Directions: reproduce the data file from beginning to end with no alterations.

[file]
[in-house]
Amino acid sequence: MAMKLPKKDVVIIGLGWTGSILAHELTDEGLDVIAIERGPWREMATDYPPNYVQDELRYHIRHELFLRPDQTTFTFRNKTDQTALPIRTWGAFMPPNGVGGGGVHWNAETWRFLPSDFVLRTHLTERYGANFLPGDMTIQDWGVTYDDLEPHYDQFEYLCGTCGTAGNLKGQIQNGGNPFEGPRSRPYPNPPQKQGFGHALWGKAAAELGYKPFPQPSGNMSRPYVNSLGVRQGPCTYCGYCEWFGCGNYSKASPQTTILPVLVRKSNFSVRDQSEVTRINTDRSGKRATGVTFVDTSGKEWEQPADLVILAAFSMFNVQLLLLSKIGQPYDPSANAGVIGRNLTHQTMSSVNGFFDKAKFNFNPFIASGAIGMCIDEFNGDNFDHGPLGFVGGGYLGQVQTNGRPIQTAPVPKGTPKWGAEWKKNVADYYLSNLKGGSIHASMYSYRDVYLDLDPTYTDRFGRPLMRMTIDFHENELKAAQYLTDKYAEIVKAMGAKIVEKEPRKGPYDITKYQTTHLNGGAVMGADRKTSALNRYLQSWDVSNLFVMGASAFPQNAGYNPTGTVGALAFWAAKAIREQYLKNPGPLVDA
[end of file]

[in-house]
Amino acid sequence: MAMKLPKKDVVIIGLGWTGSILAHELTDEGLDVIAIERGPWREMATDYPPNYVQDELRYHIRHELFLRPDQTTFTFRNKTDQTALPIRTWGAFMPPNGVGGGGVHWNAETWRFLPSDFVLRTHLTERYGANFLPGDMTIQDWGVTYDDLEPHYDQFEYLCGTCGTAGNLKGQIQNGGNPFEGPRSRPYPNPPQKQGFGHALWGKAAAELGYKPFPQPSGNMSRPYVNSLGVRQGPCTYCGYCEWFGCGNYSKASPQTTILPVLVRKSNFSVRDQSEVTRINTDRSGKRATGVTFVDTSGKEWEQPADLVILAAFSMFNVQLLLLSKIGQPYDPSANAGVIGRNLTHQTMSSVNGFFDKAKFNFNPFIASGAIGMCIDEFNGDNFDHGPLGFVGGGYLGQVQTNGRPIQTAPVPKGTPKWGAEWKKNVADYYLSNLKGGSIHASMYSYRDVYLDLDPTYTDRFGRPLMRMTIDFHENELKAAQYLTDKYAEIVKAMGAKIVEKEPRKGPYDITKYQTTHLNGGAVMGADRKTSALNRYLQSWDVSNLFVMGASAFPQNAGYNPTGTVGALAFWAAKAIREQYLKNPGPLVDA